Expensive Groceries

By: Tina Stein
By: Tina Stein

With four teenage mouths to feed, Bob Ballard relies on his smart shopper skills.

"I'm a near expert on meat prices I know when there's a good buy I buy reduced prices whenever possible and I usually buy bulk when I get a good discount," he says.

But buying cheap meat wont last for long. Starting in August, farmers will be barred from injecting cows with a growth hormone that boosts milk production by 20-percent. So this means we'll be paying more for dairy and meat. Shopper Marie Caltagerone says she's already noticing bigger price tags.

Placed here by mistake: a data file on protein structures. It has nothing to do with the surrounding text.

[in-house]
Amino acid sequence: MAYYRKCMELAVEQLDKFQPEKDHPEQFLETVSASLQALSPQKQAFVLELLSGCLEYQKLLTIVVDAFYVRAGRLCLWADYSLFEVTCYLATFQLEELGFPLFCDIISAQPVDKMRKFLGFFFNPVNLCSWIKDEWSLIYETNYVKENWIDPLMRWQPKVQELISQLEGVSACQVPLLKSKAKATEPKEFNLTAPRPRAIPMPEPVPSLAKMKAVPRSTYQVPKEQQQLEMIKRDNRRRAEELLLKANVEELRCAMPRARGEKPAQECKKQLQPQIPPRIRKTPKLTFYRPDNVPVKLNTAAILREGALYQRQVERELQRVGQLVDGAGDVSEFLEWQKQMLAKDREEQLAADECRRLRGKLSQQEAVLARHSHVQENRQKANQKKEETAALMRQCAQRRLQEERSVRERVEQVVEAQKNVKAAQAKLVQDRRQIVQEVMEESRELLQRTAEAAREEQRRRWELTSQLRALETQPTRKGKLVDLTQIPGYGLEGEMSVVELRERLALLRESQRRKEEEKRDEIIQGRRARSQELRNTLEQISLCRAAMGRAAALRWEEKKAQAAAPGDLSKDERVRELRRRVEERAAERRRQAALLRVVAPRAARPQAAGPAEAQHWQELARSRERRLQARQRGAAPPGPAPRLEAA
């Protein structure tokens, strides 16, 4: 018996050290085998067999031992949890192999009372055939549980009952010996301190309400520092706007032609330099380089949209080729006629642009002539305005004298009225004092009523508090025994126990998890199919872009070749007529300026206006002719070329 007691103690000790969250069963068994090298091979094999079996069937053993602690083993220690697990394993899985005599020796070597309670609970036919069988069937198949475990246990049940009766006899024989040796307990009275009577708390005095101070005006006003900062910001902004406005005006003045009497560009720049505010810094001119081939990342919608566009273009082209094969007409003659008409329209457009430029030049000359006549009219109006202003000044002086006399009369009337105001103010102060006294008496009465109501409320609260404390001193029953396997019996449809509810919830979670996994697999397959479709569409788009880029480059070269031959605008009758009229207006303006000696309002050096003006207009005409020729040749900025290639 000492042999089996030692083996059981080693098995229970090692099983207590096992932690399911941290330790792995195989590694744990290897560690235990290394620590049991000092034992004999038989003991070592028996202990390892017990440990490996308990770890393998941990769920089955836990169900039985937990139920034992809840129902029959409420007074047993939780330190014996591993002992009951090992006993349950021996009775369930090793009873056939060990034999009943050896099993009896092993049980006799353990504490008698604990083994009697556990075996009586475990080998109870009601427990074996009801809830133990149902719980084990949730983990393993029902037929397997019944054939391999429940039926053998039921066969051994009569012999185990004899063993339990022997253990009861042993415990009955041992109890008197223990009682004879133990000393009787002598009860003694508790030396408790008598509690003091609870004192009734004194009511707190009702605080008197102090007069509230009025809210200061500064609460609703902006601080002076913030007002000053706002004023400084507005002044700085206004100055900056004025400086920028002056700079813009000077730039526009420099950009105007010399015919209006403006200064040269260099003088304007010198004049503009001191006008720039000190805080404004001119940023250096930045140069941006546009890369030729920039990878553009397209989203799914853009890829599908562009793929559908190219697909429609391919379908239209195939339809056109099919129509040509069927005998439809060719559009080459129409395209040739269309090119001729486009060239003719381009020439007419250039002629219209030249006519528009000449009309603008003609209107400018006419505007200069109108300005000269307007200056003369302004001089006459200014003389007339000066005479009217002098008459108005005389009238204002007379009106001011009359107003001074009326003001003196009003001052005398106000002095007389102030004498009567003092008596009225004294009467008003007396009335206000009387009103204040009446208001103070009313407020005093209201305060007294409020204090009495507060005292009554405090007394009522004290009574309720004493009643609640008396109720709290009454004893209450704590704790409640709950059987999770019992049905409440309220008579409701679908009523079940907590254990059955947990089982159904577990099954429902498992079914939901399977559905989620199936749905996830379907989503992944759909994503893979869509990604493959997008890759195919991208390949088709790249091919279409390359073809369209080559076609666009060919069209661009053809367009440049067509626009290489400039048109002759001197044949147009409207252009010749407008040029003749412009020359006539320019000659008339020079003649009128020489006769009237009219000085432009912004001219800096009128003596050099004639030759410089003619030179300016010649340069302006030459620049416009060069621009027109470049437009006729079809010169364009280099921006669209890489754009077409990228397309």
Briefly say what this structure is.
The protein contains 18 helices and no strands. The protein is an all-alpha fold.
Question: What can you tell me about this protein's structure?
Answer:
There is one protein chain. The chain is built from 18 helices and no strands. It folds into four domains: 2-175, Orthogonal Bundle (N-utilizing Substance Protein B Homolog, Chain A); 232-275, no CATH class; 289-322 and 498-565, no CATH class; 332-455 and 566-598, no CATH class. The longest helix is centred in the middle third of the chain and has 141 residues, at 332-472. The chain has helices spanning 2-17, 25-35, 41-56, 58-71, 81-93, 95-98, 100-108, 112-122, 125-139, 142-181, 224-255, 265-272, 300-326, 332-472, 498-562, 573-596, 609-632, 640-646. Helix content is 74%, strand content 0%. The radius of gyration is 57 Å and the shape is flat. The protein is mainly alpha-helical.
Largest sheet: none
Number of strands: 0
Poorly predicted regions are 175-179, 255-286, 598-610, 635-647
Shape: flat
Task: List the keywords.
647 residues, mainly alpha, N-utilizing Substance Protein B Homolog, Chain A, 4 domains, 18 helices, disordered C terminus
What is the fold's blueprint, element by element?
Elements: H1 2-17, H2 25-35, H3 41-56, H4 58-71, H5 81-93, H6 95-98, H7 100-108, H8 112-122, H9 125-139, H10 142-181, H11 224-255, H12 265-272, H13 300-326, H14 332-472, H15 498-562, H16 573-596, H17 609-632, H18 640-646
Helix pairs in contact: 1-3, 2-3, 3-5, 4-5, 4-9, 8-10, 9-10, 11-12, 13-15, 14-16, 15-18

"Some things I just don't get. I'll leave them behind and do without cause when you're on a limited income you can't get everything you want," she says.

One thing left out of her cart, corn. That's because U.S. Department of Agriculture says ethanol fuel will consume 25-percent of this year's crop. Making store bought corn more expensive. Which trickles down to costlier livestock feed, bringing it back home to the cows.

The Department of Agriculture also says orange juice is more expensive, since the California orange crop is 39-percent smaller than last year. This is due to the January freeze.

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